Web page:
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If you are a die-hard fan of action cinema, you definitely had an action hero you watched religiously throughout your youth. For most, it was Bruce Lee, Sylvester Stallone or Arnold Schwarzenegger and understandably so, as Lee, Stallone and Schwarzenegger created timeless classics in the action genre and were the epitome of ‘badass’. But for me, my action hero growing up was none other than The Muscles From Brussels, Jean-Claude Van Damme. Bloodsport, Kickboxer, Cyborg, even Double Team. The man was an action juggernaut who sculpted his entire career on slow motion roundhouse kicks, doing the splits far more than is necessary and his uncanny ability to make even the smallest of contacts look like he drove a fork-lift through someone’s face.
So, 25 years on and one of Van Damme’s more substance heavy movies is about to undergo its newest milestone anniversary. That absolute diamond in the rough is Peter Hyams’ Timecop. So, what better time to analyse this underappreciated cult classic than now?
Timecop follows TEC (Time Enforcement Commission) Police Officer, Max Walker (Van Damme) as he battles with the loss of a loved one, the discovery of time travel, a long list of plot holes and inconsistencies that even the time travel couldn’t fix and some nasty individuals who want to use time travel as a means of power and wealth thus causing more inconsistencies and plot holes surrounding time travel. If you feel just as confused reading that as I was typing it, we are on the right path here. It’s messy stuff to say the least but goddamn is it entertaining.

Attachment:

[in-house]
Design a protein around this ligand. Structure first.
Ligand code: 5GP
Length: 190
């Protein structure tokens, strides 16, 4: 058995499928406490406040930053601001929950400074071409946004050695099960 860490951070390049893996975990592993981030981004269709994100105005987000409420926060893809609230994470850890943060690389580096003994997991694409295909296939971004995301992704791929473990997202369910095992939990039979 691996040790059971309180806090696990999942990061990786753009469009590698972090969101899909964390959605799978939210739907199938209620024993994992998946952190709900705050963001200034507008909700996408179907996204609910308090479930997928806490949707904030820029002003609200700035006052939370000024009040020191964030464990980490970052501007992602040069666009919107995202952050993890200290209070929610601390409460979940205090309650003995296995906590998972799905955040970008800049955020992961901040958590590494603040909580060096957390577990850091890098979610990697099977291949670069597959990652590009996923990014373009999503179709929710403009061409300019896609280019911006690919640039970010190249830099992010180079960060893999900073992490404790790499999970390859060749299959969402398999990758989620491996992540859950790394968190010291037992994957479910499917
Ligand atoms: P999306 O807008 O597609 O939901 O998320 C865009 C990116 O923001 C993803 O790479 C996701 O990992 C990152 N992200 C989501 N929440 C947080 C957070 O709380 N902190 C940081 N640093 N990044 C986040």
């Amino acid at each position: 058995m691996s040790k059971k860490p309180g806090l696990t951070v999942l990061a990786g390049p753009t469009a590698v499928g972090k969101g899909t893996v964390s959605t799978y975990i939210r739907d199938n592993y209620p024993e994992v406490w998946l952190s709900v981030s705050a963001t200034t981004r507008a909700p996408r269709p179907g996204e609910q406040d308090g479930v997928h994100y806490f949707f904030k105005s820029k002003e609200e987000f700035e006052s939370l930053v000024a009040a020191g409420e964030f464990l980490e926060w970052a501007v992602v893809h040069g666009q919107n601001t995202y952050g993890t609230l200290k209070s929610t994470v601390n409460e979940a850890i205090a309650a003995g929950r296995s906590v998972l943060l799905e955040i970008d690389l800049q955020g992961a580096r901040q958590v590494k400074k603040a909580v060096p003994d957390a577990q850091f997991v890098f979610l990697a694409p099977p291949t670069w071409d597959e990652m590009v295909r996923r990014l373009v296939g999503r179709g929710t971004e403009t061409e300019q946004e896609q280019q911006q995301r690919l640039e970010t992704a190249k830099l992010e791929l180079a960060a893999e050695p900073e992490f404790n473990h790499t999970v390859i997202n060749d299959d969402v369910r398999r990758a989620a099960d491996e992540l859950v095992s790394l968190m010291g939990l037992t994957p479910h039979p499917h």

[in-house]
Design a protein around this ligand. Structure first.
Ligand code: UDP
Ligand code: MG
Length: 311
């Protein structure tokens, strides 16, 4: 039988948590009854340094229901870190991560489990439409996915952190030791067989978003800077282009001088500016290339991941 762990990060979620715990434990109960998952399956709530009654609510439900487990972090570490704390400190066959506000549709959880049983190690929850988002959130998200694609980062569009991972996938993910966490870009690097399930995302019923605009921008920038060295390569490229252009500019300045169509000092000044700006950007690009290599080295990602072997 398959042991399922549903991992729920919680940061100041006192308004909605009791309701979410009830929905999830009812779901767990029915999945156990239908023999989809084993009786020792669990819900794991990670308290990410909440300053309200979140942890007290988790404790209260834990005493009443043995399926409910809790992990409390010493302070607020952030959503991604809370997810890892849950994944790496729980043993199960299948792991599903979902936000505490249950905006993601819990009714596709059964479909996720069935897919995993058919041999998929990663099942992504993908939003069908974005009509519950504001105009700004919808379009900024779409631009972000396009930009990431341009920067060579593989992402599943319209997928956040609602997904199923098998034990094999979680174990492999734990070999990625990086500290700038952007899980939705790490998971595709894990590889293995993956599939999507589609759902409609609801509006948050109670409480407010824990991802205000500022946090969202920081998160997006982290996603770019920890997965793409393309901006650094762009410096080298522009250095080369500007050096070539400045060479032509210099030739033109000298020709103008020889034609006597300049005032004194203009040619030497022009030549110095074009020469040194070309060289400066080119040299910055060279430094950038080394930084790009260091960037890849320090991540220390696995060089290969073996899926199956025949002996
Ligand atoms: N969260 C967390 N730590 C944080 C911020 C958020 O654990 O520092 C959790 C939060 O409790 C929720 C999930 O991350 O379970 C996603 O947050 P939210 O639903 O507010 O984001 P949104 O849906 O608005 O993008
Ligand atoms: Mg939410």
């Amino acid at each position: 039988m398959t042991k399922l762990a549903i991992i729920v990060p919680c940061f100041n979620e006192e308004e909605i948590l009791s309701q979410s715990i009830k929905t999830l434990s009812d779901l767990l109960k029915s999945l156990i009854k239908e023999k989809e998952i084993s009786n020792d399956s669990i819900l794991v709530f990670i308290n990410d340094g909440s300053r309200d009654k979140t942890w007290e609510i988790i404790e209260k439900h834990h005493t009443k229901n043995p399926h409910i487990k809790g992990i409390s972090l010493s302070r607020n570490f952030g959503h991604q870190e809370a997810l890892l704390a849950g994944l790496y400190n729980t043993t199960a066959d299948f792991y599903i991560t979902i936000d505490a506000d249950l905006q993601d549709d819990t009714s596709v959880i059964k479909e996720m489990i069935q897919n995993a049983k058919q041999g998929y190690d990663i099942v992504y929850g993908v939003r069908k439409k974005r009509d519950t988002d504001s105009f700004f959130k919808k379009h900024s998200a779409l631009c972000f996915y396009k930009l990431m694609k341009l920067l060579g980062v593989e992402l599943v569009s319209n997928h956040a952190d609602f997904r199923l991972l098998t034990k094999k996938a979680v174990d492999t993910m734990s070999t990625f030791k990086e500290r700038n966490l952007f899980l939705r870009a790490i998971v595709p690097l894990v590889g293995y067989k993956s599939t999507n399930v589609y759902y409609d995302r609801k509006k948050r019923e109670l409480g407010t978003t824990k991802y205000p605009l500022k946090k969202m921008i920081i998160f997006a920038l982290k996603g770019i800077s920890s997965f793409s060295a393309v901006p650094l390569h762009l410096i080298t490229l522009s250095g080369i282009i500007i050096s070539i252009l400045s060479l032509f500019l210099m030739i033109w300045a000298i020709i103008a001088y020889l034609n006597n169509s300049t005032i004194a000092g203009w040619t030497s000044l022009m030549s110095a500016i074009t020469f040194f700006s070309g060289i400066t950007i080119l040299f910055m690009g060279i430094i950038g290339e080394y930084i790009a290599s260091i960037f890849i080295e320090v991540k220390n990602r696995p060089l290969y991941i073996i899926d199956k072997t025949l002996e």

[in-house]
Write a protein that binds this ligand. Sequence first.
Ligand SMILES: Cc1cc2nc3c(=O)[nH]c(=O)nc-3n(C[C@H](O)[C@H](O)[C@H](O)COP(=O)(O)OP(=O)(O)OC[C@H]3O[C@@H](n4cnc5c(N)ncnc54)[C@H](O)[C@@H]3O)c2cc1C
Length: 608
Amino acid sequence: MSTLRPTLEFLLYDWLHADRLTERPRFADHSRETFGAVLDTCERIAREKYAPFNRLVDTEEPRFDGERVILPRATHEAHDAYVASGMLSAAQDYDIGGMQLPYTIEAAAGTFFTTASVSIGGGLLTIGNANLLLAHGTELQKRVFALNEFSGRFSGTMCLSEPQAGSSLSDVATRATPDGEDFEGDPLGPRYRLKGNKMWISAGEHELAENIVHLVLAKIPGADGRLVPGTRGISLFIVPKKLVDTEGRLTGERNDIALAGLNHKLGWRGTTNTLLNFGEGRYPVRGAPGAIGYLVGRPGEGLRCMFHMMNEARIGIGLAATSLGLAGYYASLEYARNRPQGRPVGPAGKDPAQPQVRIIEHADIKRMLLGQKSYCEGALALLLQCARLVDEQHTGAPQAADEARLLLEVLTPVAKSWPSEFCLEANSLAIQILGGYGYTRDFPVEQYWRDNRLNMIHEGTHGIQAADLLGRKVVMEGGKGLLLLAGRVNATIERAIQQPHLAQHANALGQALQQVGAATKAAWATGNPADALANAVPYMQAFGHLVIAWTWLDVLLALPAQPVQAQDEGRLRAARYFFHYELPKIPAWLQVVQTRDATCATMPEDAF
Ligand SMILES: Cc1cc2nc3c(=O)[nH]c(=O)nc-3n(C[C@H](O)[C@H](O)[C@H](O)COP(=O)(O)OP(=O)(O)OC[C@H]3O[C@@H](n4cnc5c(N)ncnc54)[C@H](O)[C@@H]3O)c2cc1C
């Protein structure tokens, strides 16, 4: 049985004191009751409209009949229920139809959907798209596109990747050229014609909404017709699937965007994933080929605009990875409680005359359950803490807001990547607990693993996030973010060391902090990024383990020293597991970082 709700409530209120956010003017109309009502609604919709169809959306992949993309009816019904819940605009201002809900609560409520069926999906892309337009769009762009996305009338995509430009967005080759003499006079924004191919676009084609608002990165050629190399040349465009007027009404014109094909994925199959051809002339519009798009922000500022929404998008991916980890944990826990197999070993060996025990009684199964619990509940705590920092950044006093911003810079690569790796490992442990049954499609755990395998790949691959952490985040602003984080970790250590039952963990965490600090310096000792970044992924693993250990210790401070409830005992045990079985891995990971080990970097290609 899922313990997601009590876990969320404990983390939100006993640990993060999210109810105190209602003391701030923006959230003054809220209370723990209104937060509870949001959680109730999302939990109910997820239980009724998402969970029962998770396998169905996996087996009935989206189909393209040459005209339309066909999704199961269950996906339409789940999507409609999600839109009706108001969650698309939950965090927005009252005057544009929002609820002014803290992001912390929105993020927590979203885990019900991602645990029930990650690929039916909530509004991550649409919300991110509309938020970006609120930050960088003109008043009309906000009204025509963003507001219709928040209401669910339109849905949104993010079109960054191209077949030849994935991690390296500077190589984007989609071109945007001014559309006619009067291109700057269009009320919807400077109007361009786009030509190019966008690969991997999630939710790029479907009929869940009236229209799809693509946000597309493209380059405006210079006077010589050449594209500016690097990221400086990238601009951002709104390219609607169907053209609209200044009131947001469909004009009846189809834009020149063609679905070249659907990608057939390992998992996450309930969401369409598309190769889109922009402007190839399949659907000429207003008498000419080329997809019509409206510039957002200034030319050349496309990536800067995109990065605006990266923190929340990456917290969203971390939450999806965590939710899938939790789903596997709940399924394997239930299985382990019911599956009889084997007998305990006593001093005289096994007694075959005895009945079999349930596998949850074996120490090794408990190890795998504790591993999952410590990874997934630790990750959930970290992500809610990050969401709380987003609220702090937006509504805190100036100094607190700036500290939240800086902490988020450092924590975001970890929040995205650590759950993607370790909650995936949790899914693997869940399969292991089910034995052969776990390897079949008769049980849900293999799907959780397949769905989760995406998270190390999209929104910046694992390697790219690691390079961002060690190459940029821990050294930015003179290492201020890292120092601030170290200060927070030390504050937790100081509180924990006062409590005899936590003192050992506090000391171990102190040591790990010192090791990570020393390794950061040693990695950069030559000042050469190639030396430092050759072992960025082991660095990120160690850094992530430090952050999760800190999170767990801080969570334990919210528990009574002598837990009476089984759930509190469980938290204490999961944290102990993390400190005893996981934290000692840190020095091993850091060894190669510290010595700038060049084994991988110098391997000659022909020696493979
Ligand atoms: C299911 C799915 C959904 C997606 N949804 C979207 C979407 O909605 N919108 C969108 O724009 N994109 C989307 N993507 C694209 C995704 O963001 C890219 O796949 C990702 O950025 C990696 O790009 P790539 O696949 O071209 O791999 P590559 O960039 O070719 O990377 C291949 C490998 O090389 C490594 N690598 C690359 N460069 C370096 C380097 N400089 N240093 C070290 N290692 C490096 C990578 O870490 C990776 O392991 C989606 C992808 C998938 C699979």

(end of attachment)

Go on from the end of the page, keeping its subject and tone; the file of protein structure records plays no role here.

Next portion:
Timecop is the very definition of a 90’s action movie. JCVD spews forth one-liners that would make even the most pessimistic cinema goer break a smile and chuckle uncontrollably. The fetish for roundhouse kicks are back of course and they look spectacular as always with JCVD sporting an impressive mullet hairstyle that sways seductively every time he lifts that leg up and spins. The vision of the future is cars that look like someone pasted the Millennium Falcon over a BMW in Microsoft Paint and early on, we are even treated to a Careless Whisper-esque passionate montage of flexing ass cheeks and lots of sweat dripping down backs that wouldn’t feel out of place in a MacGruber sequel. If that’s not 90’s cinema, I don’t know what is.
One of the strongest elements of 90’s cinema was its admirable ability to charm its viewers into forgetting its faults with the promise of cheesy, over-the-top, popcorn entertainment and Timecop is a perfect example of this. For every scene focusing on time travel and the consequences of disrupting timelines, it’s countered by JCVD freezing arms and spouting, ‘Have a nice day’, before relieving baddies of their all-important body parts. We are even treated to a glorious scene halfway through Timecop’s runtime where JCVD jumps up from a kitchen floor and does the splits on a kitchen counter to prevent himself from dying at the hands of water and electricity. It is probably the most glorious and ridiculous moment of Van Damme’s career but it is truly unforgettable in the best way imaginable.